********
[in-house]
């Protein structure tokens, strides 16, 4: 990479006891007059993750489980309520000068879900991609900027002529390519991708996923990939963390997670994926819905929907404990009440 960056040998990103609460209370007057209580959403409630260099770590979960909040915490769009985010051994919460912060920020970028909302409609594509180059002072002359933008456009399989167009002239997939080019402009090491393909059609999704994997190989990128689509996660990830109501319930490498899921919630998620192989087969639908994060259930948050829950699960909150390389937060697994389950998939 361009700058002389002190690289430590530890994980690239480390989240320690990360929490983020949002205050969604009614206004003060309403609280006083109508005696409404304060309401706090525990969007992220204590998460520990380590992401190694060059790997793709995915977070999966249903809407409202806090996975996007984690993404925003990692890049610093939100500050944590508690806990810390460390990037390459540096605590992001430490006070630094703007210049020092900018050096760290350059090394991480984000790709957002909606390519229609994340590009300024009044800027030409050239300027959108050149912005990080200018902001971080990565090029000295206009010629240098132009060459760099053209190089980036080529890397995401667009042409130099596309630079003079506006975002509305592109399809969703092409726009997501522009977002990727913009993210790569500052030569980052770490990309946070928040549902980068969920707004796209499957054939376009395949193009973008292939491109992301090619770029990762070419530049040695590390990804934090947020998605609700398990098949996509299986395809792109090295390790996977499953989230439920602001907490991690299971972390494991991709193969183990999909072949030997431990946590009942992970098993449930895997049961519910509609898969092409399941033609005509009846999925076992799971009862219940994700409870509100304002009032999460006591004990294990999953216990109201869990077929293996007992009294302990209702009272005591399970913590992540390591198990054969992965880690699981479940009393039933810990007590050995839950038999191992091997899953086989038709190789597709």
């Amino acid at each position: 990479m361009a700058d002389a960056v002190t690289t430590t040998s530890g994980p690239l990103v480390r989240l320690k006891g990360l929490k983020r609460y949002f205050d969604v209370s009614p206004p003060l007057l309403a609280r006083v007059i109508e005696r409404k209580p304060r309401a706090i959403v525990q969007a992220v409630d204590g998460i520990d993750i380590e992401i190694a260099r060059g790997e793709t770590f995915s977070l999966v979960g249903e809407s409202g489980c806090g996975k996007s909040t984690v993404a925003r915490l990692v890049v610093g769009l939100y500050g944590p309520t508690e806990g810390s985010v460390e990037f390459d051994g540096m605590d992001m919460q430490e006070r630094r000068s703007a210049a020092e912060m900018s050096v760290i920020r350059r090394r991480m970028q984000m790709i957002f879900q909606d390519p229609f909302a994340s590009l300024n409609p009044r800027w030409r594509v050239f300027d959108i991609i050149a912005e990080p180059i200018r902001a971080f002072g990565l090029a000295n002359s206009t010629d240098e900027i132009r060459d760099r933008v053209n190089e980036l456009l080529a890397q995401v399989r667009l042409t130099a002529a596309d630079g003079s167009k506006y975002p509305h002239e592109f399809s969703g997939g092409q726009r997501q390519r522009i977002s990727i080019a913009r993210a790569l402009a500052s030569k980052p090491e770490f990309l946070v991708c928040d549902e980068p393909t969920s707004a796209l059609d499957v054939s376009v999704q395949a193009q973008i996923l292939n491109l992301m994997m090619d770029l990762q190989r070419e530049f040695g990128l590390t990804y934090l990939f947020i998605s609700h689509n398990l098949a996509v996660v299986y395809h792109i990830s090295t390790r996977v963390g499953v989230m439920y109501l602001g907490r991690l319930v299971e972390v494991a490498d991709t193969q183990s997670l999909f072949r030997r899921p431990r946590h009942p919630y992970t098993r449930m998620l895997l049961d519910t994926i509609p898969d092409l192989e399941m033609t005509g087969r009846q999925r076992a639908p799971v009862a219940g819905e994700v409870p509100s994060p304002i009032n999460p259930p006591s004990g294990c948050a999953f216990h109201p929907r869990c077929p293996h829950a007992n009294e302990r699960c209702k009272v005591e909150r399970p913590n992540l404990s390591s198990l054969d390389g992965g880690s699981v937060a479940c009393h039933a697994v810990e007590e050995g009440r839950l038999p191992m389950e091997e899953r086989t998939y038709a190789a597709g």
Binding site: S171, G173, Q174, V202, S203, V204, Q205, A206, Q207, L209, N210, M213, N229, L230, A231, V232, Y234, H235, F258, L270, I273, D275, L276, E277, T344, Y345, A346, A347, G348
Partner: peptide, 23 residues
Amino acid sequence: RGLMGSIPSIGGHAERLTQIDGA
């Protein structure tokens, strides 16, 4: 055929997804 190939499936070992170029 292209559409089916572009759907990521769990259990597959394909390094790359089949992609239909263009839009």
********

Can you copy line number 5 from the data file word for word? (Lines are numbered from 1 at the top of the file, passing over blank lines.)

Partner: peptide, 23 residues